There’s probably going to be eco-system of support around that. In the book, they talk about , I think it’s Intuit is the name of the company. I might be wrong on that but basically, I think they’re pretty large software vendor in the U.S. I think it counts as a top software and they actually, they might be as big as 15,000 people. Whenever they bring a new product to market, follow this lean start-up idea or methodology because it’s a great way to bring a product to market.

So, around that, their management structure support and understand that there has got to be some give and take around dollars. It can’t be just all about next quarter’s results, excuse me because what you’re trying to do is get something out of the market and get some feedback around what it should be doing before delving too deep into product development.

Nick: Yeah, great! We will move on now. You actually recently gave a talk, I think it was at the lean start-up meet up in Adelaide and you wrote a blog post about some of the not so much mistakes you made but your business in which we want to perhaps talk about a few of them. The two I’ve sort of singled out, that I thought would be interesting were, one, listen to your market and two, expect failure. So, could you just talk to us a little a little about the listen to your market aspect.

Trevor: It comes back to the build measure learn thing. One of the things that I think the mistakes we made is that we thought we knew what our market wanted and went out and developed a fantastic piece of software that sold for that imagined market and as we got it out we realized that, there was a market for that, maybe they weren’t willing to pay as much as we needed to charge or they weren’t willing to use it in the way we thought they would use it, so, listen to your market. In my mind, it’s really about the fact that you actually need to be out there talking to the market every step along the way.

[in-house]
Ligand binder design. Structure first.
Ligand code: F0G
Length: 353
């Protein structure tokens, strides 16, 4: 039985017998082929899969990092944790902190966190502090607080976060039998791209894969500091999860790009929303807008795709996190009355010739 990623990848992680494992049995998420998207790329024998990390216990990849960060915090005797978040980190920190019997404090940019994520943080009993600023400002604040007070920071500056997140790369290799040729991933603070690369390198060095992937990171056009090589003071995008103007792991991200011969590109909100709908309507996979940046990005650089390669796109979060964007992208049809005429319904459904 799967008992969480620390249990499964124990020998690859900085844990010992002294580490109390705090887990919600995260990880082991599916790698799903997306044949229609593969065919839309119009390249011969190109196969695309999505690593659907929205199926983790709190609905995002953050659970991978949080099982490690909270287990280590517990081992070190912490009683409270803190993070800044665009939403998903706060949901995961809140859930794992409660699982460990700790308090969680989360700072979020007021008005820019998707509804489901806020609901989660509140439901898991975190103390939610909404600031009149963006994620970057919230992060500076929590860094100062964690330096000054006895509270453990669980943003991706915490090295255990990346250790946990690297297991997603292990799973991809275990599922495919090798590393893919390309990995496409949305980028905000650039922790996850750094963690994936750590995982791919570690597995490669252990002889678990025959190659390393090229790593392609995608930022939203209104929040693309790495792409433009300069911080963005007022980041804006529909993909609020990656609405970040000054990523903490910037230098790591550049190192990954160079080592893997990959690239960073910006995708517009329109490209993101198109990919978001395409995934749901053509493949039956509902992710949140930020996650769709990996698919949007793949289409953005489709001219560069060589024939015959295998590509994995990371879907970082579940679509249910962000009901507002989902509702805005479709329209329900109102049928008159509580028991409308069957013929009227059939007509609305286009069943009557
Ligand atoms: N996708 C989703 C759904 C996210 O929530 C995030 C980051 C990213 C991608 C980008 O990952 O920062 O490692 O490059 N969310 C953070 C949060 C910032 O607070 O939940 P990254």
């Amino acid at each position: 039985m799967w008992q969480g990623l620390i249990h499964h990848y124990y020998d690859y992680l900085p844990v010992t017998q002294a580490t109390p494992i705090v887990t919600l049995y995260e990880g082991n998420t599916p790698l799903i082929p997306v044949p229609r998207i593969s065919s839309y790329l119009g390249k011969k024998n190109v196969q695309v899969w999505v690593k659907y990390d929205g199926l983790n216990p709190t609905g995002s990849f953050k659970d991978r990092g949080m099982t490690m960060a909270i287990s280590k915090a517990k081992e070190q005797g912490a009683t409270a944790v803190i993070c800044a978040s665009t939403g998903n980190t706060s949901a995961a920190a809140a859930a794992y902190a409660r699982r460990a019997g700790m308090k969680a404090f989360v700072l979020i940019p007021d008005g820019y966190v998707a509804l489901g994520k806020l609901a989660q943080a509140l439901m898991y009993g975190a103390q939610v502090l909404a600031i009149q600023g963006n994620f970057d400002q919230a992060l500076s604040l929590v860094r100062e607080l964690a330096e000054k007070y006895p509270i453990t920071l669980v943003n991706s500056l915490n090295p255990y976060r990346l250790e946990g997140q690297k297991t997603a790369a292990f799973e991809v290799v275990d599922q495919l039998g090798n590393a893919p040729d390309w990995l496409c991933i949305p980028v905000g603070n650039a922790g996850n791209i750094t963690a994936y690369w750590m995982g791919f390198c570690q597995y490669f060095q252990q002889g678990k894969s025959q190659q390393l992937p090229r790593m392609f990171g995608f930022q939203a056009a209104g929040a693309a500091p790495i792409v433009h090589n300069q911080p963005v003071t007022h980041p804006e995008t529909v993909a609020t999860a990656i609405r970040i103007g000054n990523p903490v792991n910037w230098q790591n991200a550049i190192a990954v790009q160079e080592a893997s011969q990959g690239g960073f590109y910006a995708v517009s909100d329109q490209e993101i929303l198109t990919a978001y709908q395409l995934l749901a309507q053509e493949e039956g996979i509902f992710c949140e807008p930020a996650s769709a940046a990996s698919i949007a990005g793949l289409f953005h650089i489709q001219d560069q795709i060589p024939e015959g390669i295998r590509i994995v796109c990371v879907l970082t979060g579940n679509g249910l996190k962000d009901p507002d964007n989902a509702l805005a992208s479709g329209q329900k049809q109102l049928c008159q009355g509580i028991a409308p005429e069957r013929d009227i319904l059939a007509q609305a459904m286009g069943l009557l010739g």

Don’t invest too much time in building this wonderful software or wonderful system that nobody’s ever gonna use. If you don’t know what the market wants and what the market’s willing to pay for, then it’s absolutely irrelevant how good your software is and really, that is the key part of that listen to your market, is to not only listen to them but actually explicitly go out there and solicit at their feedback as early as you possibly can. We did do some of this through you know betas and sure enough, but we weren’t asking the right questions.

The questions we are asking them about the market was, does this product work for you? Are there any bugs, when really what we should have been asking was would you be willing to pay money for this? And at that point what’s missing from it that would make you want to fork over your cash? That’s really, at the end of the day, for business, that’s what matters, is people paying for it not how many users that you have.

Nick: Yeah, absolutely and I don’t know if that thing relates to it is often described that people can say that they will buy a product but actually buying a product is a different sort of thing. So, if you can, I don’t know, are there any strategies that you are aware of where you can kind of bridge that gap between what people will say and what they will actually do?

Trevor: A great way to do it, obviously, it depends on your product, is to ask for a credit card number, so even if you don’t have a product to say or that your you know you’ve got a product that you don’t think it’s exactly 100% there, is to actually ask for a credit card, is to get people to pay for it now. What they are paying for and know that is something you can test, so are they paying for 2 years subscription or are they paying to get into the beta program? That’s one way around it. It is a tough one, it’s one that I don’t think there’s a catch or a solution for but it really, I think if you are solving their problems along the way, one would hope that the money comes with that.